VEDANTAM: It was clear that radio could convince people to be violent. Rwandan officials, Ervin and a production team led by a Dutch NGO, Radio La Benevolencija, wanted to also prove that radio could bring people together. The idea they came up with - a radio soap opera.

BAKUSI: You know, our culture - this kind of soap opera is embedded in our culture. And then there are so many programs on radios here.

VEDANTAM: A team of Rwandan writers crafted the narrative. In 2004, the program made its debut. It was called...



VEDANTAM: "Musekeweya" tells a story of two fictional villages - Muhumuro and Bumanzi - and two star-crossed lovers from rival ethnic groups.


UNIDENTIFIED ACTOR #1: (As Batamuriza, speaking foreign language).

UNIDENTIFIED ACTOR #2: (As Shema, speaking foreign language).

VEDANTAM: Andre Musagara is now the director of the show.

MUSAGARA: People are very interested in love, so by telling them this love story, they are easily connected. They can find, you know, something to unite them. Yeah.

VEDANTAM: The team wanted the show to convey about a dozen ideas. We'll take a look at three of them. First, violence evolves slowly. Second, bystanders matter. And third, when people form close personal relationships with those from other groups, this provides a barrier to the spread of hostility.


UNIDENTIFIED ACTORS: (Singing in foreign language).

VEDANTAM: The show was a hit. Anecdotally, it seemed like the messages were getting through. But to find out for sure, the show invited Betsy Paluck, now a professor of psychology at Princeton University, to conduct a rigorous scientific study.

BETSY PALUCK: We ran it like a medical trial in which we assigned certain communities to listen to this reconciliation soap opera and other communities to listen to a different soap opera that was about a different topic.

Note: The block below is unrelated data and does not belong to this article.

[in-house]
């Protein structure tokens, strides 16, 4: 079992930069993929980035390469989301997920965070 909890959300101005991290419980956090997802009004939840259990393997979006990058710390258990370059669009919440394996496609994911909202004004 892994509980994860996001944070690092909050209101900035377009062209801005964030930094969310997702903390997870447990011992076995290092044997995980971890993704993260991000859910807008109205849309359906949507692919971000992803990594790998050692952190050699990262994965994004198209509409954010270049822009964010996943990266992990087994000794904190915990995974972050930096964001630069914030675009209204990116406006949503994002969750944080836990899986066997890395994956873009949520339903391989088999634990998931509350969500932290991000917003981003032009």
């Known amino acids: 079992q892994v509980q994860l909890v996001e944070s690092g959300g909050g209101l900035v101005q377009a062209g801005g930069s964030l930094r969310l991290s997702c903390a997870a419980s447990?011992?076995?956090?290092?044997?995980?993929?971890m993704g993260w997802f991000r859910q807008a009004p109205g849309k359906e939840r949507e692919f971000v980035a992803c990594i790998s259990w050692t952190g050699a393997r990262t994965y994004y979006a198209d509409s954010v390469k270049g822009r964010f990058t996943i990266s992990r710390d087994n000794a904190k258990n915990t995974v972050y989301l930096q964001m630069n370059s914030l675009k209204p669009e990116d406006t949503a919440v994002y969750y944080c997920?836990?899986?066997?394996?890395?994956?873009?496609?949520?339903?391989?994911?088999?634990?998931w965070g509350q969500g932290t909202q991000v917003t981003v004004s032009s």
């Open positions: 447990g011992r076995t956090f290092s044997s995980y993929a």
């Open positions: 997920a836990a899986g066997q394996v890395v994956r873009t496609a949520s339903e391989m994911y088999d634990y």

VEDANTAM: After one year, Paluck and her team interviewed volunteers. They found something depressing. Ordinary Rwandans weren't buying the psychological messages in the show. They didn't think that violence unfolds slowly or that bystanders can make a difference. They'd seen Hutu husbands kill their Tutsi wives. They didn't think that intermarriage could lead to peace. But they also said something else, something very surprising.

PALUCK: They said, however, I do think that now we should allow our children to intermarry; I think that this is the thing that Rwandans are doing; we all think it's a good thing moving forward.

VEDANTAM: The show wasn't changing people's beliefs, but it was changing something much more important - their behavior. Paluck thinks the show changed social norms - what people thought was expected of them - and norms are more powerful than beliefs in shaping behavior.

PALUCK: We are such social people. If we think that our behavior is going to be really going in the other lane, in the other direction from what people who matter to us - from what they are doing, that really restrains our behavior. So we might think one thing, but eventually do another.

VEDANTAM: "Musekeweya" succeeded beyond its creators' wildest dreams. That's the good news. The bad news - if social norms can change in a matter of months from hate to tolerance, can't they go back just as easily in the other direction? Paluck's study provides an important lesson for people, and not just people in Rwanda. The currents that govern human behavior are fickle. If you want to make change and then preserve it, you need to be eternally vigilant. Shankar Vedantam, NPR News.


UNIDENTIFIED SINGERS: (Singing in foreign language).

INSKEEP: Wow - 24-year-old news story, and Shankar's still going back there and finding new things about it. He's the host of the Hidden Brain podcast and radio show.


UNIDENTIFIED SINGERS: (Singing in foreign language).